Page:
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Unraveling the "Grand Alliance"

"Gorbachev Factor"

The “Grand Alliance” (to use Winston Churchill’s phrase) forged by the USSR, the United States, and Britain in the extreme conditions of war, was critical in upholding freedom and sovereignty of its member states and of many other nations all over the world. Germany, Japan, and their allies suffered a total defeat, and the territories they had occupied were liberated. The struggle against fascism brought together world leaders of seemingly incompatible political and cultural backgrounds. They were compelled to overlook their differences to protect human and democratic interests of their populations against the racist aspirations of fascism.  

British Prime Minister Winston Churchill,  U.S. President Franklin Roosevelt and Soviet Leader Joseph Stalin at Yalta conference, February 1945

The titanic struggle against Nazism obscured the contradictions between Western democracies and Stalinist Russia. Western leaders forgot about their prewar declarations that it was impossible to enter into agreements with the repressive Soviet regime. The American and British media were now full of articles and radio broadcasts brimming with goodwill toward the Russian ally and admiring the courage and skills of the Red Army. The prewar portrayal of Joseph Stalin as a cruel dictator now gave place to sugary references to “Uncle Joe.”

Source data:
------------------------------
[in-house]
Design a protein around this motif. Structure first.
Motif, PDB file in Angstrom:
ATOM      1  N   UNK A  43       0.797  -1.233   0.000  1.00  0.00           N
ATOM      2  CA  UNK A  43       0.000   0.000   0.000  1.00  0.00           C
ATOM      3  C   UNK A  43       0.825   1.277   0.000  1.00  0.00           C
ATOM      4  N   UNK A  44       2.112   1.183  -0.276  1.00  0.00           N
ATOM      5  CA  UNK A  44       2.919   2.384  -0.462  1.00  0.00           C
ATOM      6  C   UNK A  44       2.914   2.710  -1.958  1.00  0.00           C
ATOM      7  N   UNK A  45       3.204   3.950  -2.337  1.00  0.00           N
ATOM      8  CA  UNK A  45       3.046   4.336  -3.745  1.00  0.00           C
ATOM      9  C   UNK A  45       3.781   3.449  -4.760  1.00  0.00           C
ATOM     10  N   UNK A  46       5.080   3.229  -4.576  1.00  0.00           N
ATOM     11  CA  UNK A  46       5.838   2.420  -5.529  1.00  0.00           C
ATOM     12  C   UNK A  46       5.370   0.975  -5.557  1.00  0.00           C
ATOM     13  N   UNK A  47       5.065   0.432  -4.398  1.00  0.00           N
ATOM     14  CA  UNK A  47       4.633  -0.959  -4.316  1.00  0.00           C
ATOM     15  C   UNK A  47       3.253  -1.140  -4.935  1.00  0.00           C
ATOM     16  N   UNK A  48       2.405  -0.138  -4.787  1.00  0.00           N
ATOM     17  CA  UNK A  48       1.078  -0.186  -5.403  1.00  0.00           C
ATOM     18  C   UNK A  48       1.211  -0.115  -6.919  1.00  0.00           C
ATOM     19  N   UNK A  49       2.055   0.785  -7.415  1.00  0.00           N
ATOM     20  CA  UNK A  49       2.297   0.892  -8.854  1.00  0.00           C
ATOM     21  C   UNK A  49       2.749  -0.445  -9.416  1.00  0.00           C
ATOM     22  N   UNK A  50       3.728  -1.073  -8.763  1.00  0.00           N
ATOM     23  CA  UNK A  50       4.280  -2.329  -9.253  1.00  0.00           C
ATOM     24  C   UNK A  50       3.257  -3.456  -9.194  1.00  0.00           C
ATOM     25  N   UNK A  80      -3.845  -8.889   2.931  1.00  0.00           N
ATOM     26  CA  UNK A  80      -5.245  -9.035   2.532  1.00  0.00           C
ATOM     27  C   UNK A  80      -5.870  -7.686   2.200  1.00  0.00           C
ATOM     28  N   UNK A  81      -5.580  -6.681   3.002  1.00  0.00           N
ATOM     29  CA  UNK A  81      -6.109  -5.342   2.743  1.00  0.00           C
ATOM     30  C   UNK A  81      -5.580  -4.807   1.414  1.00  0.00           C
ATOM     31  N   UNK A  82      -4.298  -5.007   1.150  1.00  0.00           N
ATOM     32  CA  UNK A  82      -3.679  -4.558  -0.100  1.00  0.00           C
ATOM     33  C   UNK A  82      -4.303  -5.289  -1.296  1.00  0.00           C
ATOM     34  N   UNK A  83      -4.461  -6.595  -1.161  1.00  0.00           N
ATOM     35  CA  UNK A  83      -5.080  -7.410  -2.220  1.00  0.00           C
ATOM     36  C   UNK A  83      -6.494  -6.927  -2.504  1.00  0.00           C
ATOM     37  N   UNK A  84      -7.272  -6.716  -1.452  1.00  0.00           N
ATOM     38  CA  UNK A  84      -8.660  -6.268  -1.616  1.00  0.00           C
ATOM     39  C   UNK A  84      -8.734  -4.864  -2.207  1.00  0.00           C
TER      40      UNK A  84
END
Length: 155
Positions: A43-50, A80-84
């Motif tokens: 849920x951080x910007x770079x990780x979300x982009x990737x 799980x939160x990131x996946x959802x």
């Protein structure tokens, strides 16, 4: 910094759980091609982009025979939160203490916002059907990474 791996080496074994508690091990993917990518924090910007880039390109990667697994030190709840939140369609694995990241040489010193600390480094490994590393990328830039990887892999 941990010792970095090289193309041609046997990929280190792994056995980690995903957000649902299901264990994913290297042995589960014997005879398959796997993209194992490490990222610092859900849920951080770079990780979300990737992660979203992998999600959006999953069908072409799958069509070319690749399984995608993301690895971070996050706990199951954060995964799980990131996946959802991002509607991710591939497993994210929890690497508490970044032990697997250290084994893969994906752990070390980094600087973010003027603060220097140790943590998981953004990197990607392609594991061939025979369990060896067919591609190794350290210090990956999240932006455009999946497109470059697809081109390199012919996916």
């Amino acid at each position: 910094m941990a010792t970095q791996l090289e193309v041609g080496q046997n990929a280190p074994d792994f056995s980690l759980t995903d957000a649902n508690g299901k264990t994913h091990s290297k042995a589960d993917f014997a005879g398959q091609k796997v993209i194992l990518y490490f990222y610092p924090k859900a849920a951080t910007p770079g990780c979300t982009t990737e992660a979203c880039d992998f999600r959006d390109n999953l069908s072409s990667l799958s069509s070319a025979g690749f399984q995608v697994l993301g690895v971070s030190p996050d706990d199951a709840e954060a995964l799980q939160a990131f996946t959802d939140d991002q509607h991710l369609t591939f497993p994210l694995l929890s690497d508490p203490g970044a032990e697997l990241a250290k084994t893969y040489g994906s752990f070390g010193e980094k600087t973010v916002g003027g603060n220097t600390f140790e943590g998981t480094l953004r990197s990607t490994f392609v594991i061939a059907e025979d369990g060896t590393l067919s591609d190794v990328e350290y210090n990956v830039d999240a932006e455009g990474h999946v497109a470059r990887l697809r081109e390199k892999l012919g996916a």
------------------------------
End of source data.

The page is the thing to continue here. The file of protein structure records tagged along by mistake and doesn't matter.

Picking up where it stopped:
In its turn, Soviet propaganda refrained from invoking its prewar denunciations of “bourgeois” democracy. In the war’s final phases hundreds of thousands of Soviet officers and soldiers, liberating European states, gained firsthand experience of the capitalist West, while their Western counterparts got to know real Soviet people and discarded some of the prewar stereotypes about the Soviets.

However, deep political antagonisms, which had colored the relations of the Soviet Union and Western democracies in the 1920s and 1930s, did not go away entirely but were only subdued. The inherent hostility was generated by irreconcilable ideological differences and clashing national interests. With victory in sight, these differences quickly resurfaced. Having routed their common enemy, the victorious powers lost the unity of purpose that had held together their wartime alliance.

 
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Stalin's Legacy

 

Soviet Russia

Understanding the Soviet Period
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